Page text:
Tom of Finland Erotic Art Foundation

TOM OF
FINLAND

THE
FOUNDATION

EROTIC ART
GALLERIES

EXHIBITIONS
& EVENTS

ARTIST &
MUSEUM LINKS


HOME


Reuters article

Assets: Erotica, Moving Mainstream, Stirs Art Market
http://www.reuters.com/newsArticle.jhtml?type=topNews&storyID=4360044
Sat February 14, 2004 04:15 PM ET
By Richard Chang

NEW YORK (Reuters) - Erotic art is stepping out of the closet into museums and galleries, as a growing mass of collectors are openly enjoying and willing to pay top dollar for the aesthetic and sensual thrills of previously forbidden fruit.

"There's a realization that art can be sexy and erotic and you can show it in your home. It's becoming more permissible," said Allena Gabosch, director of The Wet Spot, a not-for-profit group that organizes the annual Seattle Erotic Arts Festival (seattleerotic.org). "I find great pleasure in art that affects all of my senses."

More and more people seem to agree, judging from the festival's attendance, which doubled to 4,000 in its second annual show in the first weekend of February -- timed to usher in Valentine's Day. On display were 500 works priced from $40 to $10,000, by 187 artists from 10 countries.

Photo-realistic paintings of pin-up fantasy women by Hajime Sorayama (sorayama.net) sell for as much as $25,000, while those of Olivia De Berardinis (eolivia.com) go for up to $75,000.

"We're moving into a renaissance in that the number of artists producing erotica is growing," said Durk Dehner, director of the Tom of Finland Foundation in Los Angeles (http://www.tomoffinlandfoundation.org).

The nonprofit group was founded in 1984 to preserve and promote the work of homoerotic Finnish artist Touko Laaksonen, who signed his drawings "Tom of Finland" when he started submitting them to American muscle magazines in 1956. The group's mission now extends to erotic art of all persuasions.

It's a far cry from when "forbidden art" was hidden away or published only in the underground press. Tom's fantasy sketches, featuring incredibly well-endowed masculine gay men, are now on permanent display in museums in Portland, Oregon; Los Angeles; San Francisco; and Helsinki, Finland. Controversial gay photographer Robert Mapplethorpe has also become an icon.

With this change in status, a Tom of Finland sketch that cost $350 in 1978 now sells for $12,000, Dehner said. Even so, a 21-inch wide 1989 poster of his is available at the foundation's Web site for as low as $20.

"We're on the edge of where erotic works will probably start increasing at faster rates," Dehner said, noting they are now perceived as fine art. "If people can feel that something is held in high regard, they're more comfortable with it."

The difference between art and pornography is clear to "Miss Naomi," who has acquired 4,000 museum-quality works worth millions of dollars (missnaomi.com) over 12 years.

"Pornography gives you one message -- Let's get it on, let's have sex," said the author of "Forbidden Art: The World of Erotica" and "Visions of Erotica" (Schiffer, schifferbooks.com). "Erotic art engages you in a thoughtful process. It's an interpretation about it, the talent, the unusual or beautiful way the art is displayed."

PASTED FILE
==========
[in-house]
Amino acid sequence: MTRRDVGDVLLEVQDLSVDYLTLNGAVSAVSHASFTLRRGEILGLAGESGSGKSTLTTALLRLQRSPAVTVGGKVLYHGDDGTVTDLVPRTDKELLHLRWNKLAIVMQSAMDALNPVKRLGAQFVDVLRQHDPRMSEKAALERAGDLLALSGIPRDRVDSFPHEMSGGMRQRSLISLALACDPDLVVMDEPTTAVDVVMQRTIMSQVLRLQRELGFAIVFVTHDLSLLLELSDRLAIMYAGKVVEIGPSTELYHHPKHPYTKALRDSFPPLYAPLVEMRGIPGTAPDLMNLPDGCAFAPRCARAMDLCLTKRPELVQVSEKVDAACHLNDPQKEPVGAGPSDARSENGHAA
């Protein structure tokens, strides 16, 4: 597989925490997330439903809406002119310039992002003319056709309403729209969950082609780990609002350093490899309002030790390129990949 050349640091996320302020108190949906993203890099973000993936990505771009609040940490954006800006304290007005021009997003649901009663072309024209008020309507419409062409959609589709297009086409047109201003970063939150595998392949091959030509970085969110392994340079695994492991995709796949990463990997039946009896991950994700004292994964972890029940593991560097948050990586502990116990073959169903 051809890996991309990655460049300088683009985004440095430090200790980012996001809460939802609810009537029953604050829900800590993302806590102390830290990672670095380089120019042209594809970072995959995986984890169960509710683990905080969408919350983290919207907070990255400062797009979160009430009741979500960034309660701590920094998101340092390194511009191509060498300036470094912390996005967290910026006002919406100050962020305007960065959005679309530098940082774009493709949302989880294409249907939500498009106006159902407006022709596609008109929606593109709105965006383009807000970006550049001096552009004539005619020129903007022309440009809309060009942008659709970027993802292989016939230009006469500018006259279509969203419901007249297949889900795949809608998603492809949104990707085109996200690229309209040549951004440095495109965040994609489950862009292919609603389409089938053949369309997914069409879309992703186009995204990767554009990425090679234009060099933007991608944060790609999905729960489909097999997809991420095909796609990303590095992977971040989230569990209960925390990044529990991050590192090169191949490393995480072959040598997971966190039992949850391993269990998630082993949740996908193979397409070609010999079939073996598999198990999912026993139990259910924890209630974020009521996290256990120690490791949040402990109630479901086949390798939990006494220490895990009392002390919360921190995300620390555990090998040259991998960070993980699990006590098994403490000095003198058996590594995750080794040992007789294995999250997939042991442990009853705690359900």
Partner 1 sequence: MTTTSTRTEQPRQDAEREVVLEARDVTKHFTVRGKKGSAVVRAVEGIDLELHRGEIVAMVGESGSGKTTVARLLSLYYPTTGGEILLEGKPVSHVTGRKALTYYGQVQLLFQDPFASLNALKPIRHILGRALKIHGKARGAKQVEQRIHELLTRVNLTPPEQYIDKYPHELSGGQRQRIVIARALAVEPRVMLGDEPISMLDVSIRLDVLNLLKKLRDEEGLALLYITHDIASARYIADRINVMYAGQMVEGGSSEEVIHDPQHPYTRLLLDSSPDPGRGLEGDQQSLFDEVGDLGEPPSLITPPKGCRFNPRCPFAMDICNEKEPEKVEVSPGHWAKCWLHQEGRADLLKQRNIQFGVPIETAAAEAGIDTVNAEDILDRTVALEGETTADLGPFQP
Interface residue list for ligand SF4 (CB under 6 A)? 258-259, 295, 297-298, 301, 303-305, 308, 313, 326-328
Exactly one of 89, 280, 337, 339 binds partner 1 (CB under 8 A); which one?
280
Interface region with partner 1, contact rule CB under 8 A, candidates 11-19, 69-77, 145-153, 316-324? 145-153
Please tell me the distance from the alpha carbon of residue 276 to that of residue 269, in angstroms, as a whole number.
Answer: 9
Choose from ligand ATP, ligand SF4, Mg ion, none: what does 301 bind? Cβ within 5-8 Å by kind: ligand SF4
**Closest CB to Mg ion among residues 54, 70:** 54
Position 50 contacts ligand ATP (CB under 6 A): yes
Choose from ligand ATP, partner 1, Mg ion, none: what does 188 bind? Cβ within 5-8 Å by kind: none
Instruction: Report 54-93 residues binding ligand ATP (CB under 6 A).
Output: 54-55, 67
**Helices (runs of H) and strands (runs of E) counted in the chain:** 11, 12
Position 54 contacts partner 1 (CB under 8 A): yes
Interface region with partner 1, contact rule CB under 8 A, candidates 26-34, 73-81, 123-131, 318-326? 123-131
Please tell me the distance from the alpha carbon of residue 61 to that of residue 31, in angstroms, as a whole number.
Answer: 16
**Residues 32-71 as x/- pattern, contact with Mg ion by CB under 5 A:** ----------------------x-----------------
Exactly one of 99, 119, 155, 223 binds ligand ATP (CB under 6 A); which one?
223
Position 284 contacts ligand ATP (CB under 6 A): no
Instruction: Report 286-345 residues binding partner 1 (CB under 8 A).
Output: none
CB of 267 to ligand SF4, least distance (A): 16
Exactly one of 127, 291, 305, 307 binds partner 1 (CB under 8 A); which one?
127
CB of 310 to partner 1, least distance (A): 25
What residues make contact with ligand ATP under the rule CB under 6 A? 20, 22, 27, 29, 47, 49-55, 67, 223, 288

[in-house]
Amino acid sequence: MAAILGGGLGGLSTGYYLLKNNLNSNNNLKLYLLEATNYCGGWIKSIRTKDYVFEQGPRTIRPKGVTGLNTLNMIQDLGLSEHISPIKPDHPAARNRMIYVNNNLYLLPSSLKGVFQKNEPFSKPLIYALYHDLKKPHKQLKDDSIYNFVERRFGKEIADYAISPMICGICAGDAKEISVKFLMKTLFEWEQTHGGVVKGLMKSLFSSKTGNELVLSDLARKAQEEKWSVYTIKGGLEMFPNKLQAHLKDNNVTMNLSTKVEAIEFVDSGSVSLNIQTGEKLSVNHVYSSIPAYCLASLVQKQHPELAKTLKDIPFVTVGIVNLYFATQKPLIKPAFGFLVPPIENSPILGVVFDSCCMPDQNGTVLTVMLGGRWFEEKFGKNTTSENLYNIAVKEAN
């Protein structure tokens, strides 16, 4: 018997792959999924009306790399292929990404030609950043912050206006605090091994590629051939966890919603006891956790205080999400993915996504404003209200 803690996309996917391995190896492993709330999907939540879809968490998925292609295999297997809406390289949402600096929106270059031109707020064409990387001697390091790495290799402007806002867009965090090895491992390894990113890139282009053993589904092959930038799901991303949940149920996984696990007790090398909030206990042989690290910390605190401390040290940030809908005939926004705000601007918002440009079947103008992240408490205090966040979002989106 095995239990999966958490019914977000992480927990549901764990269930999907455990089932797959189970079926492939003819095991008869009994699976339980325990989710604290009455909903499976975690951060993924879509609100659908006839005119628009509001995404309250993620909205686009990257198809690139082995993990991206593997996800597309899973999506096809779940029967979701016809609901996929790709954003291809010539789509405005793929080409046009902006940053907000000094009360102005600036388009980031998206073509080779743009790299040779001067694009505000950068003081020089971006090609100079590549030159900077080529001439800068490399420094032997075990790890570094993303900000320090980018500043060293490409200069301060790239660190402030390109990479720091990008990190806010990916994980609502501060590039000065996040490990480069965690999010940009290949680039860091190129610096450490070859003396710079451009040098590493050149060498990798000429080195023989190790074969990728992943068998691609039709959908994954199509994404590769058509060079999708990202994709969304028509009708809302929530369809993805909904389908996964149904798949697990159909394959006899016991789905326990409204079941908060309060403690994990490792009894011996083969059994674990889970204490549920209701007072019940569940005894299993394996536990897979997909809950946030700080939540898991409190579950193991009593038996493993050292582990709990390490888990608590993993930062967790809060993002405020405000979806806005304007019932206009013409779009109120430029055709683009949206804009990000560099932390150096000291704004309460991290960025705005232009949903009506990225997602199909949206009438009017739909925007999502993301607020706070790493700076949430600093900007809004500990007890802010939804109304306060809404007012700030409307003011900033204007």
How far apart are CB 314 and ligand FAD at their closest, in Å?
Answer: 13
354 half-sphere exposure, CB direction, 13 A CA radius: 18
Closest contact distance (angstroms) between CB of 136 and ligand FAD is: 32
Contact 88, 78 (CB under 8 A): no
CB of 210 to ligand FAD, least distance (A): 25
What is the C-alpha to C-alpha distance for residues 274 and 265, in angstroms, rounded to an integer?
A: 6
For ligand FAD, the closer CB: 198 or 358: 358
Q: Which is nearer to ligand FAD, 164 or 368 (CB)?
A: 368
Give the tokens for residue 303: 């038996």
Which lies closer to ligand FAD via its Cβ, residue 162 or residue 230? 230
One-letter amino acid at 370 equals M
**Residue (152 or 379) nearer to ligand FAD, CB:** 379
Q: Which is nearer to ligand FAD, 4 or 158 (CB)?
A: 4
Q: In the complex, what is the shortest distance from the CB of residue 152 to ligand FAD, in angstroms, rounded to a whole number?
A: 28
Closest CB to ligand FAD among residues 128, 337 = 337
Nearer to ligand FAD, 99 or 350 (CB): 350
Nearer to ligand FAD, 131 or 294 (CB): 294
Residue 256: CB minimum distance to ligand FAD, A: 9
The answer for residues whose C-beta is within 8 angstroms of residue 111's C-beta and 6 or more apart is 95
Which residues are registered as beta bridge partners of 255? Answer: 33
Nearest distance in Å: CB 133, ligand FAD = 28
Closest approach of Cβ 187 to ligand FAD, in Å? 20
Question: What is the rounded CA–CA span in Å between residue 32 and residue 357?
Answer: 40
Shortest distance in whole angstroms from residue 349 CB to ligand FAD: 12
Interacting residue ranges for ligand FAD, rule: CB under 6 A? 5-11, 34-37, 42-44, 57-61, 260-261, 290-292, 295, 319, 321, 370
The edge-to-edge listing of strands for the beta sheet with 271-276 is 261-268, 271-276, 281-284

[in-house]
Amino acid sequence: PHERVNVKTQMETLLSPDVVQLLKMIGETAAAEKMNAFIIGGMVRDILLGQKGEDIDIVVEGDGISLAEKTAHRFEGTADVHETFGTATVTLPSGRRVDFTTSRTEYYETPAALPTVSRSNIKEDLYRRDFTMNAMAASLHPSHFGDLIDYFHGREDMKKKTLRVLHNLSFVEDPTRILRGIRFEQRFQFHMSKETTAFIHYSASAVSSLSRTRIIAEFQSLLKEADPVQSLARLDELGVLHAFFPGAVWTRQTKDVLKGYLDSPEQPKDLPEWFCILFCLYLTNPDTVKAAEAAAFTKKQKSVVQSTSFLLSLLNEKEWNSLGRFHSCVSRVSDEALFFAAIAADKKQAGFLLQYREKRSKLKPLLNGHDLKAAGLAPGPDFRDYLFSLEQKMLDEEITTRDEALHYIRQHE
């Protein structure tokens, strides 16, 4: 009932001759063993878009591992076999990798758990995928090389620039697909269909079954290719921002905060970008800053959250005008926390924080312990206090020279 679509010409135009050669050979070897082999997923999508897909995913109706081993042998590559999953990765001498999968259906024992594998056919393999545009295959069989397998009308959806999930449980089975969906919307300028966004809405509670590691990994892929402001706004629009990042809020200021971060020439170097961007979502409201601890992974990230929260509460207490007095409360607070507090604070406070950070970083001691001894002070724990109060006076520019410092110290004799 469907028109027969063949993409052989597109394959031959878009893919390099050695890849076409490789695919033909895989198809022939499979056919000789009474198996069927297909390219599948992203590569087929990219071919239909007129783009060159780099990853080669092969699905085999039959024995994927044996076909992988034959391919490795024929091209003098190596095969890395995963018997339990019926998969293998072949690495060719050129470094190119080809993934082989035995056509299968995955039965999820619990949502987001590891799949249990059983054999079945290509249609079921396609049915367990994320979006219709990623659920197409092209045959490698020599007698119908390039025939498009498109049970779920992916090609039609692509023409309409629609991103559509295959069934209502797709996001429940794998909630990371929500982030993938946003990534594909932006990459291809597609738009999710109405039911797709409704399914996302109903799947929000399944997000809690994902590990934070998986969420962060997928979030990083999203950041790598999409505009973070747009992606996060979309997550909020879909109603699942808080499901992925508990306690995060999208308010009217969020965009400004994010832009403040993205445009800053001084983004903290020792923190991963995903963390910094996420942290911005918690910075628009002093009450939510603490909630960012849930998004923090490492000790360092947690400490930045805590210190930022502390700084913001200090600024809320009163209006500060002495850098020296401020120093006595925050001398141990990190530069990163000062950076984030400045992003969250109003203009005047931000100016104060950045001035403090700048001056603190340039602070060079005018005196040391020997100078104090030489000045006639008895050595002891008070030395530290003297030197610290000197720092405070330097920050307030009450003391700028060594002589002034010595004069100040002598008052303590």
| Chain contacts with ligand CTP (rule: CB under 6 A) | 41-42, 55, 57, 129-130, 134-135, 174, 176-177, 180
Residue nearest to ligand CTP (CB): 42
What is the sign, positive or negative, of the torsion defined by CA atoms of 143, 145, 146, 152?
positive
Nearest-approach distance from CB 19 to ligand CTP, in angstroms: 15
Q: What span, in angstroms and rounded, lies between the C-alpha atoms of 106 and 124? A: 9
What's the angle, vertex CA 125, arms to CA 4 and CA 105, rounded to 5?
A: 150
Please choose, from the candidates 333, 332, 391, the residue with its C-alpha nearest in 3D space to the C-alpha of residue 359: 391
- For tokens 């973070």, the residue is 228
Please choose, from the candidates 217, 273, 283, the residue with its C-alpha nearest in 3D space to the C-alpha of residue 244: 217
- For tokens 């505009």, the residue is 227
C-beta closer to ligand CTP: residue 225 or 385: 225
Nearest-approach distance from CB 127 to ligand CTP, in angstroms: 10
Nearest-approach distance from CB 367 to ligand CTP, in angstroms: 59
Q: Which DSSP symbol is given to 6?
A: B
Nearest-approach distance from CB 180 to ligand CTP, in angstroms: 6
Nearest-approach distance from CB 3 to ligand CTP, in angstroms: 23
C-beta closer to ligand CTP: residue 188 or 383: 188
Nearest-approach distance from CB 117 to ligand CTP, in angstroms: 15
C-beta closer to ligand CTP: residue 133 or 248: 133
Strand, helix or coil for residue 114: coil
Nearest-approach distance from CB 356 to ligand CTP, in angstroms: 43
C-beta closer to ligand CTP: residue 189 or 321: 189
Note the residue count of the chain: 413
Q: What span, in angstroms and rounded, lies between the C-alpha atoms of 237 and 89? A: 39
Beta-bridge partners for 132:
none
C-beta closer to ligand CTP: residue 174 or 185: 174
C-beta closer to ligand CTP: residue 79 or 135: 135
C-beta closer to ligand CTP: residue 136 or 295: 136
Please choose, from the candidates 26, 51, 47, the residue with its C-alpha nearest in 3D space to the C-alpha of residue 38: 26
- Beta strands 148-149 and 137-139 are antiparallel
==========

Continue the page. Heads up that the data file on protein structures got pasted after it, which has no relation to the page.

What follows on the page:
Among her notable artifacts is a 31-inch-long white fiberglass phallic sculpture used as a murder weapon in the movie "Clockwork Orange." Miss Naomi, who paid $3,000 for it in 2000, has it insured for $15,000. She estimates that many items have tripled or quadrupled in value since she bought them.

Paintings and sketches by Etienne, who was strongly influenced by Tom of Finland, now sell for 10 times their value in the 1970s, said Pet Silvia, who runs Art (at) Large, an erotic figurative art gallery in New York (http://www.artatlarge.com).

Among contemporary works, those of John John Jesse, whose Catholic-themed paintings cross over into the "lowbrow" category, have nearly tripled in value over the last 18 months, said Silvia, a self-described "heterosexual drag queen."

"Believe it or not, it's through word of mouth. We're dealing with an inventory of his that we can't keep in the house long enough," he said.

Nude paintings on wood by Frances Turner, of less-than-perfect human subjects, have also escalated in value since the British artist died of a brain tumor last July at age 38, Silvia said. "She found beauty in everyone, whether they were heavily tattooed, obese, an amputee."

"Mainstream" artists are finding their way into the market as well. Jeff Hengst (hengst.com), largely known for his painting commissioned by the Seattle Space Needle, showed his edgier works at the Seattle Erotic Arts Festival, priced as high as $10,000.

"We're moving toward becoming more comfortable with human sexuality, so that those artists creating (erotic art) will have a lot more vehicles to showcase their work," said Dehner of the Tom of Finland Foundation.

As a result of these changes, "now is a very good time to purchase erotic art," he said. "It's my feeling that, in the next 5 to 10 years, it's going to break and make much deeper inroads into the mainstream."       
Reuters 2004. All Rights Reserved.

TOM OF
FINLAND

THE
FOUNDATION

EROTIC ART
GALLERIES

EXHIBITIONS
& EVENTS

ARTIST &
MUSEUM LINKS


HOME


TOM OF FINLAND FOUNDATION 2003